Lawsuit: Vermin, mold and sewage overflow creeping into IDOC facilities | State and Region


CREST HILL – Prisoners at an Illinois Department of Corrections reception center live among mice, rats, cockroaches and other insects, have seen feces in the kitchen and are forced to eat rotten food, among other issues, according to a lawsuit filed this week by an inmate at the far southwest Crest Hill facility.

The lawsuit, filed in the Northern District of Illinois by the Uptown People’s Law Center and Jenner & Block LLP on behalf of inmate Gregory Shipp, names David Gomez, director of the Northern Reception and Classification Center, and Rob Jeffreys, the center’s director . , as defendants.

Shipp, an inmate at the facility and on behalf of “everyone else like him”, claims in the lawsuit that the approximately 1,000 prisoners held there suffer violations of their constitutional rights because of their living conditions .

The NRC, a temporary “reception” center for prisoners before they are sent to other IDOC facilities, is “riddled with vermin and covered in dangerous mold”, according to the lawsuit.

Contacted Friday evening about the lawsuit, IDOC spokesperson Gregory Runyan responded by email. “The Illinois Department of Corrections cannot comment on ongoing litigation,” the email read.

Alan Mills, executive director of the Uptown People’s Law Center, said the nonprofit legal services organization has been responding to complaints about conditions at the center, 19647 Division St., since at least 2015 when it sent an inquiry to several hundred prisoners at the facility. .

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Mills said the facility was originally opened to hold people for about a week before they were moved to a permanent IDOC facility, but during the COVID-19 pandemic they began to spend there until more than a year. Now people spend an average of one to two months at NRC, Mills said.

The organization has collected publicly available documents and is corresponding with hundreds of prisoners to gather evidence of poor living conditions at the facility, Mills said.

Ben Bradford, a lawyer with law firm Jenner & Block, said his team had also conducted more than a dozen interviews with prisoners over the past year asking them about conditions there. They also received the same response from the prisoners.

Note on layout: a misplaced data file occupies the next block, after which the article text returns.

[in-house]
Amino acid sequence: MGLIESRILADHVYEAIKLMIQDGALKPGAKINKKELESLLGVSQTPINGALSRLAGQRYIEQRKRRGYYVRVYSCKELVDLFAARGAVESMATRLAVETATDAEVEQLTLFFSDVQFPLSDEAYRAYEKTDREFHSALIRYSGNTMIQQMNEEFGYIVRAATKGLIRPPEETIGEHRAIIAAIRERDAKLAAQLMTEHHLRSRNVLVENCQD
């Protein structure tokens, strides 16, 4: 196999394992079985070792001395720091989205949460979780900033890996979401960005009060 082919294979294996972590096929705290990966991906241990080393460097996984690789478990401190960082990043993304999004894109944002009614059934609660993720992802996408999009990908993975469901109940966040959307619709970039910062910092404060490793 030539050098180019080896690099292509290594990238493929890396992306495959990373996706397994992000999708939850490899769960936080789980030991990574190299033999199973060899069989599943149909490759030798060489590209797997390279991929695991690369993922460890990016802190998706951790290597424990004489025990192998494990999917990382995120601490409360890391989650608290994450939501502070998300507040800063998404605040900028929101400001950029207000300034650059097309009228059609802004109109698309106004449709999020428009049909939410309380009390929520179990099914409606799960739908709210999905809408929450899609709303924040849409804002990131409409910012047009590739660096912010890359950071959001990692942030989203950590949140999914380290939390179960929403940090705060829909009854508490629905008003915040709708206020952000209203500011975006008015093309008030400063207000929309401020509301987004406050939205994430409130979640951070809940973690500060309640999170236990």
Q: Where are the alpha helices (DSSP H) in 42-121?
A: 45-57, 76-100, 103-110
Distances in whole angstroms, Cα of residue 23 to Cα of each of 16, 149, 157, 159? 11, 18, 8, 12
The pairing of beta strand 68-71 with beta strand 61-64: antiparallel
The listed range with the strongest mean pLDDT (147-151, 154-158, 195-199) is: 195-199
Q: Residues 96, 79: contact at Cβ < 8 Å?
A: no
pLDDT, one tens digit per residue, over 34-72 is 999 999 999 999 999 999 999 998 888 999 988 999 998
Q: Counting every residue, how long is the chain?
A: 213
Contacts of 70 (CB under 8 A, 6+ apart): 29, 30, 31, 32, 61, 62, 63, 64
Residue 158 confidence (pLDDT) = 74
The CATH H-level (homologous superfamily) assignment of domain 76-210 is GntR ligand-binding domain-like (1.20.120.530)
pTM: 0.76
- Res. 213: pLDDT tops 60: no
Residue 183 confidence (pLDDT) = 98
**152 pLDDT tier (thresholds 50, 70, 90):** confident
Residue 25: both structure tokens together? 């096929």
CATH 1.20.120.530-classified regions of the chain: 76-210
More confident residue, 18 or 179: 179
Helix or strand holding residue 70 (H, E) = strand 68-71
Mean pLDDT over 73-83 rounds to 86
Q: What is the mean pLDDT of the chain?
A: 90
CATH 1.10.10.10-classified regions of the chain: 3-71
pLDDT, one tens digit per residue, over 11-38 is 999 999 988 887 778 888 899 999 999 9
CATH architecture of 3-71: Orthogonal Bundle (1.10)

“When you start to get that kind of consistency among people who can’t, you know, communicate with each other or otherwise coordinate their responses, then the veracity of those complaints increases dramatically in our minds,” Mills said. .

The lawsuit alleges a vermin infestation at the NRC that includes mice, rats, birds and insects.

“Vermin are a daily sight for prisoners,” the lawsuit states. “Mice go in and out of the cells all night. Cockroaches climb up walls, crawl through bedding, and bury themselves in items in the commissary. Gnats and flies swarm in the flooded puddles in the communal showers. Several varieties of insects cling to excess moisture in cell sinks and toilets – a condition that further exacerbates insect infestation,” the suit alleges.

The problem worsens in the winter, as the vermin escape the cold, according to the lawsuit.

Because of the mice and insects, the prisoners have trouble sleeping, which affects their immune system and makes them more susceptible to disease, according to the lawsuit. Vermin also exposes prisoners to infection and disease, according to the lawsuit.

The lawsuit also alleges unsanitary plumbing at the facility.

“In cells, NRC prisoners have to deal with cell toilets that won’t flush and back up, causing raw sewage to overflow inside the cell, sometimes coating the floor with stagnant sewage” , says the lawsuit.

“Prisoners also lack adequate cleaning supplies to combat filth in their cells, including the inability to clean toilets in cells covered in excrement,” according to the lawsuit.

Prisoners also reported that the toilets were covered in mold, according to the lawsuit. Interconnected plumbing sometimes leads to toilet water backing up into sinks where prisoners brush their teeth or prisoners use to drink water, according to the lawsuit.

“There have been instances where the plumbing has backed up in the kitchen and showers. In these instances, human excrement was seen floating on the kitchen floor and in the flooded communal showers,” the lawsuit states.

The lawsuit also alleges that prisoners must eat spoiled or rotten food or go hungry. Their complaints about spoiled food are being ignored by staff, according to the lawsuit.

“Prisoners describe being given the ‘Stateville Special,’ a concoction of rotting pieces of meat with visible green spots, as well as seeing rodent droppings in their food,” the lawsuit alleges.

Mills and Bradford said the complaints are not exclusive to this IDOC facility. Bradford said he hopes the lawsuit pushes the facility and department to address the complaints highlighted in the lawsuit and create more humane conditions at all of its facilities.

Mills said the reception center plays a unique role in the Illinois prison system because it is the center through which all prisoners in the state enter the system.

“In general, going to jail is a psychological and physical shock to people,” Mills said, adding that statistics show people are at a higher risk of suicide or self-harm during their first weeks in jail.

“All of these types of harms that happen are much more likely to happen in the first few weeks in jail,” Mills said. “And putting someone in some of the worst conditions in the entire department for those first two weeks overstates it all.”


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